A Fearsome Critter To Behold: The Oomph
It goes without saying that many people fear what they can’t see. A murky lake that gives no signs as to what swims beneath its surface can be terrifying to those within it, an ominous cave which hides its occupant within the far back under the cover of darkness can make one who approaches it turn and run in fear, and a dense forest at night can make a lone camper feel like a scared child when the sounds of its hidden residents echo out from all around. The unseen is a major fear maker.
And this fear often carries over to creatures who are rarely ever seen by man, but (as with most of our stories) have occasionally been reported and described as terrifying by those unlucky enough to have encountered them. Because of these extremely rare sightings, stories and warnings are told to all who enter the domain of the unseen creature that they too could have a run in with the beast and be frightened to their very core in the process. But as scary as these creatures are, they must occasionally be hunted to prevent them from approaching and entering camps set up throughout the woods. Sometimes in order to protect yourself from a monster, you must hunt the monster.
The problem with hunting these hidden beasts though, is that a good majority of the time, they are complete hokum. These frightening critters are typically nothing more than pure fiction used primarily to have a laugh at the victims expense. A good example of this is a creature known simply as The Oomph. A Fearsome Critter that was known throughout lumber camps of the north and was used primarily for humor and the occasional scare.
The Oomph was described by lumberjacks as being as large as a dog, but looking like the cross between a lizard and a toad. It had huge claws on its four digit hands and feet and it possessed sharp porcupine-like spines that ran down the length of its spine. Its skin was said to be brownish-green in color and was covered in big black rough spots. The critter was extremely fast and the only way to catch one was to take it by surprise due to the fact that if it saw you, it would take off with such extreme speed that the hunter would be unable to track where it went. The best way to find it would be to listen for its easily recognizable call, a noise created from deep down in its throat that sounded like “oomph, oomph”, the source from where the critter got its name.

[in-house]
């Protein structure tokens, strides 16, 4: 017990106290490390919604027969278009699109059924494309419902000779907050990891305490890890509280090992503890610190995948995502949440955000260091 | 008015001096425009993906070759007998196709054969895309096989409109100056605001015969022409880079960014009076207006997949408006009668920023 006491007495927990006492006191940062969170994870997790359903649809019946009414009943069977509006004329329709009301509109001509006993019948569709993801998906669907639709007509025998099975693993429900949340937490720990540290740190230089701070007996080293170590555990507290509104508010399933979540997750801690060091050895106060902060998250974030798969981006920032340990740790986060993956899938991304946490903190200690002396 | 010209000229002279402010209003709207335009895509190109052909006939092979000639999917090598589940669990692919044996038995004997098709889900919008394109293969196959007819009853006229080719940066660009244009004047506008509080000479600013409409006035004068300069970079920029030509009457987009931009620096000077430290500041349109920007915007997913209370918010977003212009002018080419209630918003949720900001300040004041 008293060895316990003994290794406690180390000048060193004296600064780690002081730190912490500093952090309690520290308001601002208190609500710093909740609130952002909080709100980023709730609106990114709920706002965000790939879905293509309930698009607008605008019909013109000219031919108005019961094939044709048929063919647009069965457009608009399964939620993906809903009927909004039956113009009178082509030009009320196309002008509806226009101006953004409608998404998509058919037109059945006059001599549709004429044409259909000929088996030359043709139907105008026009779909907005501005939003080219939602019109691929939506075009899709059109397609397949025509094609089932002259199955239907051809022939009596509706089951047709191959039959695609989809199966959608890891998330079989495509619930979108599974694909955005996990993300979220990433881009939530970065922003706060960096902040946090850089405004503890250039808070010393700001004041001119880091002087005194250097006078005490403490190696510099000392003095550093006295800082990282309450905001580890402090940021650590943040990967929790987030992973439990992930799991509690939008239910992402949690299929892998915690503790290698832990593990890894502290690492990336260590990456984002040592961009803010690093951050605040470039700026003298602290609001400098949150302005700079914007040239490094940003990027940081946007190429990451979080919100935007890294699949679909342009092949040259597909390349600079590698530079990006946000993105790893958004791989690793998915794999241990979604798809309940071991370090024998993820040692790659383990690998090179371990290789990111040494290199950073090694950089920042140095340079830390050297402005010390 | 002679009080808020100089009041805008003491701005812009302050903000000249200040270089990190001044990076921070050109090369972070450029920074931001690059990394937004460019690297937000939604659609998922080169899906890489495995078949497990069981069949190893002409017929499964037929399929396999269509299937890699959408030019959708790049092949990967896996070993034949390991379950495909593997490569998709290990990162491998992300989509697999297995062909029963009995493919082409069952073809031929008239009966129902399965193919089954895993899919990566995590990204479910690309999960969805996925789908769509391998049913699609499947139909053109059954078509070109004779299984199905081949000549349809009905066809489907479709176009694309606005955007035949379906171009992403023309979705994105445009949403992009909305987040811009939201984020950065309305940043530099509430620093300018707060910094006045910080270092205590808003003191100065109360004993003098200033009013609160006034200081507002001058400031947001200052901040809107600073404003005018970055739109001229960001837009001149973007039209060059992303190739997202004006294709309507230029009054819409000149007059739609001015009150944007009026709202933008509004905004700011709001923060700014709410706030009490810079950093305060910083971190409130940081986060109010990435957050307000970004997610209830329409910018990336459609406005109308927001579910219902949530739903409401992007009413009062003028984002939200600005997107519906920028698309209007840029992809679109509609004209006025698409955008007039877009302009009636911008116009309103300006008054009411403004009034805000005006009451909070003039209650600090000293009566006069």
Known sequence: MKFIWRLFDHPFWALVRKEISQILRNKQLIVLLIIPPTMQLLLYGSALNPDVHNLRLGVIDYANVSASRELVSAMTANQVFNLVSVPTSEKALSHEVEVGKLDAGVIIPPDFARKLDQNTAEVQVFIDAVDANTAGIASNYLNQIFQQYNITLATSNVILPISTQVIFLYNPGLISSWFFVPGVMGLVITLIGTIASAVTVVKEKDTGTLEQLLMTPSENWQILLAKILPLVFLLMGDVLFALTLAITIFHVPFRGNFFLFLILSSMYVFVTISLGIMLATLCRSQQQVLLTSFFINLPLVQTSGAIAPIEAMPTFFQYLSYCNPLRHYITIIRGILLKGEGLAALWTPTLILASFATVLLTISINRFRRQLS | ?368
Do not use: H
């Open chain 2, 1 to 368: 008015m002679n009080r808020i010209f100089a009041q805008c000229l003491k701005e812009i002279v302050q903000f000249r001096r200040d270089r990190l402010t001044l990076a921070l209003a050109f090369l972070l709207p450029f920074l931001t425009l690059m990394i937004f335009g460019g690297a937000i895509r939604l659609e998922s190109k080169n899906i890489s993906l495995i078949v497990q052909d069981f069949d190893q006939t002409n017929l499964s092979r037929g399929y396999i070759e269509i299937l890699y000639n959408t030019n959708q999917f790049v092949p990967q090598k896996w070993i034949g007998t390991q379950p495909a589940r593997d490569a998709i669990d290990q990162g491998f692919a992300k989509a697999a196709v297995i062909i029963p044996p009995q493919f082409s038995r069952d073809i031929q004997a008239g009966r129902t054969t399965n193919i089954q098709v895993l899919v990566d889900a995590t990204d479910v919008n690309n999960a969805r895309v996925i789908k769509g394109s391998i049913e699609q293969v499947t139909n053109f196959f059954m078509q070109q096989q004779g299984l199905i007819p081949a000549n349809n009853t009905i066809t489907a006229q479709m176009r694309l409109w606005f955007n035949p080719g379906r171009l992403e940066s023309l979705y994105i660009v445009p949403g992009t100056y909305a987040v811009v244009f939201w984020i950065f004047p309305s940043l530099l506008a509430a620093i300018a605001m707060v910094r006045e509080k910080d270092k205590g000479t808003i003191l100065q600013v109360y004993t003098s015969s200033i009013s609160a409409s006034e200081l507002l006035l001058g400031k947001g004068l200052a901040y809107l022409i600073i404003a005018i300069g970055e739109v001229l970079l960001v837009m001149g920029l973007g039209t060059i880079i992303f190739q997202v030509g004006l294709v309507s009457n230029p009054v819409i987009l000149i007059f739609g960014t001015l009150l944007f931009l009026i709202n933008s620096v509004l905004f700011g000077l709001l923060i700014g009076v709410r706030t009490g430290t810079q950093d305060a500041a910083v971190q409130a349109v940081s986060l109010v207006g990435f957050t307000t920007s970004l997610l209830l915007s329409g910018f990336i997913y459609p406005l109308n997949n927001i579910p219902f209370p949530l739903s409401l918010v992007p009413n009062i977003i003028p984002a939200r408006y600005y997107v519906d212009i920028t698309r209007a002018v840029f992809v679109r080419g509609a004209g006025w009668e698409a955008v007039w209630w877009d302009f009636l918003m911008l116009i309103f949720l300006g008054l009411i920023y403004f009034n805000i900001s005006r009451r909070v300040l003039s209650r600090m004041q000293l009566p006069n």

The story of the Oomph was created primarily as a way to haze newcomers, or greenhorns, when they arrived at the camp. These greenhorns would typically be told that the camp had a problem with an aggressive Oomph and that it was a requirement for the newbies to hunt it down and get rid of it. After being briefed on what the fearsome critter looked like, the nervous hunters would be told of what to look for to verify if an Oomph was in the area. The number one sign that the critter was nearby was to look for broken eggs in a grouse nest as these eggs were the Oomph’s favorite food.
When broken eggs were eventually found, the greenhorns would then loudly make the “oomph” noise as a way to call in the elusive critter. But much to their disappointment -and possible excitement- the Oomph never showed up. The unlucky hunters would then return to camp to inform the other lumberjacks that they were unsuccessful in ridding the camp of their troublesome Oomph. At this point the greenhorn would be made aware of the joke and would have to deal with the ridicule until the newest bunch of greenhorns would arrive.
Now, you may be reading this and thinking to yourself that this story and setup sound almost exactly like a classic Snipe hunt, and you would be correct. The Snipe, the Oomph, and the Dahu (a critter from France) are all non-existent creatures that have been created as a way to joke, prank, or haze those unfamiliar with the woods and the creatures that live within them. These joke hunts are timeless and have been documented as being played on unsuspecting victims as far back as the early 1800’s in North America. And they still occur to this day, as Snipe/Oomph/Dahu hunts are primary fixtures at scouting and summer camps across North America.
So, the next time you find yourself out in the woods with someone unfamiliar with them, make sure to honor the lumberjacks of yesteryear and inform your companion of the dangerous Oomph’s all around them. And remember, if you sell the story good enough, you may even convince them to make the Oomph call while you secretly record it from behind a tree while trying to hold in your laughter.
“In early lumberjack folklore, fearsome critters were mythical beasts that were said to inhabit the frontier wilderness of North America. The critters were a part of lumberjack downtime and were often used to welcome and haze newcomers to the camp. Lumberjacks who would go from camp to camp would bring their entertaining stories with them and they would slowly spread as tall tales across America.”
-The Pine Barrens Institute